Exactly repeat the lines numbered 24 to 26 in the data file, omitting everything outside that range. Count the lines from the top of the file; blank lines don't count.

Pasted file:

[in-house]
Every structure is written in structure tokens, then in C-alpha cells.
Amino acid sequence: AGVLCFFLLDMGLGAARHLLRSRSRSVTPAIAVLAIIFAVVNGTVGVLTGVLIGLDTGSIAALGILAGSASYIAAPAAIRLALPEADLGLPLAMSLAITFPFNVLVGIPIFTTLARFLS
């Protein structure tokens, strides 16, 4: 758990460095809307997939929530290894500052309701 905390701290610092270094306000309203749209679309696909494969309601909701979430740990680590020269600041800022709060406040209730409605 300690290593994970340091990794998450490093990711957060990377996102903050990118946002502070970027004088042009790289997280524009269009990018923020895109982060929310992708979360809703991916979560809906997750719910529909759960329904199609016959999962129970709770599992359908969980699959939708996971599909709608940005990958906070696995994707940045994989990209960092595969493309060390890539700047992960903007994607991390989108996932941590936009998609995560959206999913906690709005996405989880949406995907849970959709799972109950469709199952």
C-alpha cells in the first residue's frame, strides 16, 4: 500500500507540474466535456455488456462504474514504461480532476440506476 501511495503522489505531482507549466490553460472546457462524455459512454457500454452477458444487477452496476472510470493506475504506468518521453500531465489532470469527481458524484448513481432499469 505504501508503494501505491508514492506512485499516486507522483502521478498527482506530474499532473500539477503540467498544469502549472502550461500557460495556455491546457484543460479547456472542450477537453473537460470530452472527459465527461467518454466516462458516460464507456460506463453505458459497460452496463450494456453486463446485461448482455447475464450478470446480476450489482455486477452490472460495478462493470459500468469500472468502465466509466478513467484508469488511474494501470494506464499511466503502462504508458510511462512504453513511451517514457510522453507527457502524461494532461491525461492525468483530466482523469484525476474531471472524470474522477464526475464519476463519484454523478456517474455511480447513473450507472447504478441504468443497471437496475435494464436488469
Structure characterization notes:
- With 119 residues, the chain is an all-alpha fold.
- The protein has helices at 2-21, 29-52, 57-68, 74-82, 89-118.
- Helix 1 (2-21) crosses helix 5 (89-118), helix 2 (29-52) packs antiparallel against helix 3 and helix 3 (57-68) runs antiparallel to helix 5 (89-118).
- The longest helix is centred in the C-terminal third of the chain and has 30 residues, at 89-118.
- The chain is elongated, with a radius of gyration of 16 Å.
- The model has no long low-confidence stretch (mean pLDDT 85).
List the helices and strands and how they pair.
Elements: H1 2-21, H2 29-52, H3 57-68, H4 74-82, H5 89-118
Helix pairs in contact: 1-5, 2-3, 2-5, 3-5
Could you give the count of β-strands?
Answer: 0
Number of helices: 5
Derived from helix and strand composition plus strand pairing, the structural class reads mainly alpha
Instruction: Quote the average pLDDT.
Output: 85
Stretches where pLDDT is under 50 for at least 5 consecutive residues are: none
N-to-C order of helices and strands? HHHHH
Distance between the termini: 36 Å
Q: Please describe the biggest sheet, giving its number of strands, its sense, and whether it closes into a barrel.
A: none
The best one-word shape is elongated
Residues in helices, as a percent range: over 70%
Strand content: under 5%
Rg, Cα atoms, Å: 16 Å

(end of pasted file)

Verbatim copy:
Distance between the termini: 36 Å
Q: Please describe the biggest sheet, giving its number of strands, its sense, and whether it closes into a barrel.
A: none